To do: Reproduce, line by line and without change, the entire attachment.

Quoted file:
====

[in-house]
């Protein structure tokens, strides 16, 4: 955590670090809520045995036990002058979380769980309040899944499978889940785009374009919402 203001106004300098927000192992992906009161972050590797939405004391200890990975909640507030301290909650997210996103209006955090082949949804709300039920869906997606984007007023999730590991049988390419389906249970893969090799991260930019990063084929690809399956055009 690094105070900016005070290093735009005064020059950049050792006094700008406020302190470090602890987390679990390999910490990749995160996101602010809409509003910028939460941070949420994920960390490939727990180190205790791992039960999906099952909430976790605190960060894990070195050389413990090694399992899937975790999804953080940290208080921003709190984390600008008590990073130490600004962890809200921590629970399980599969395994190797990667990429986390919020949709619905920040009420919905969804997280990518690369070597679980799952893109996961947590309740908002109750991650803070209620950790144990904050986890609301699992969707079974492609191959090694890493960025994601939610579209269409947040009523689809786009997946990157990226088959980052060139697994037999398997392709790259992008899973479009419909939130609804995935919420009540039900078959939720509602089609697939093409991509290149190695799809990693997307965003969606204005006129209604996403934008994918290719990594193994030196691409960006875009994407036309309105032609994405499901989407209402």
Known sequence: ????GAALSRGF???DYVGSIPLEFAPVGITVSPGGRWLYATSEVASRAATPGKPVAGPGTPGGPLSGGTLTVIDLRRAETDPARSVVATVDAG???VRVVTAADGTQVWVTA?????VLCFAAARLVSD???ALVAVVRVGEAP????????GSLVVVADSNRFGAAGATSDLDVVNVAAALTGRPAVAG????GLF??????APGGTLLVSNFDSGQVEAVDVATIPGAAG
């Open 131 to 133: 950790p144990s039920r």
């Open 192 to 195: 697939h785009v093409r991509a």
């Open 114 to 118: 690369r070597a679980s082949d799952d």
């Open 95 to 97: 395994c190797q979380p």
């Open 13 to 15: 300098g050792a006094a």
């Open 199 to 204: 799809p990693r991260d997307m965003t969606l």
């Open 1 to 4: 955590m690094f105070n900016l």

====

[in-house]
């Protein structure tokens, strides 16, 4: 955590670090809520045995036990002058979380769980309040899944499978889940785009374009919402 203001106004300098927000192992992906009161972050590797939405004391200890990975909640507030301290909650997210996103209006955090082949949804709300039920869906997606984007007023999730590991049988390419389906249970893969090799991260930019990063084929690809399956055009 690094105070900016005070290093735009005064020059950049050792006094700008406020302190470090602890987390679990390999910490990749995160996101602010809409509003910028939460941070949420994920960390490939727990180190205790791992039960999906099952909430976790605190960060894990070195050389413990090694399992899937975790999804953080940290208080921003709190984390600008008590990073130490600004962890809200921590629970399980599969395994190797990667990429986390919020949709619905920040009420919905969804997280990518690369070597679980799952893109996961947590309740908002109750991650803070209620950790144990904050986890609301699992969707079974492609191959090694890493960025994601939610579209269409947040009523689809786009997946990157990226088959980052060139697994037999398997392709790259992008899973479009419909939130609804995935919420009540039900078959939720509602089609697939093409991509290149190695799809990693997307965003969606204005006129209604996403934008994918290719990594193994030196691409960006875009994407036309309105032609994405499901989407209402």
Known sequence: ????GAALSRGF???DYVGSIPLEFAPVGITVSPGGRWLYATSEVASRAATPGKPVAGPGTPGGPLSGGTLTVIDLRRAETDPARSVVATVDAG???VRVVTAADGTQVWVTA?????VLCFAAARLVSD???ALVAVVRVGEAP????????GSLVVVADSNRFGAAGATSDLDVVNVAAALTGRPAVAG????GLF??????APGGTLLVSNFDSGQVEAVDVATIPGAAG
């Open 131 to 133: 950790p144990s039920r």
């Open 192 to 195: 697939h785009v093409r991509a």
């Open 114 to 118: 690369r070597a679980s082949d799952d």
């Open 95 to 97: 395994c190797q979380p």
């Open 13 to 15: 300098g050792a006094a």
């Open 199 to 204: 799809p990693r991260d997307m965003t969606l």
């Open 1 to 4: 955590m690094f105070n900016l």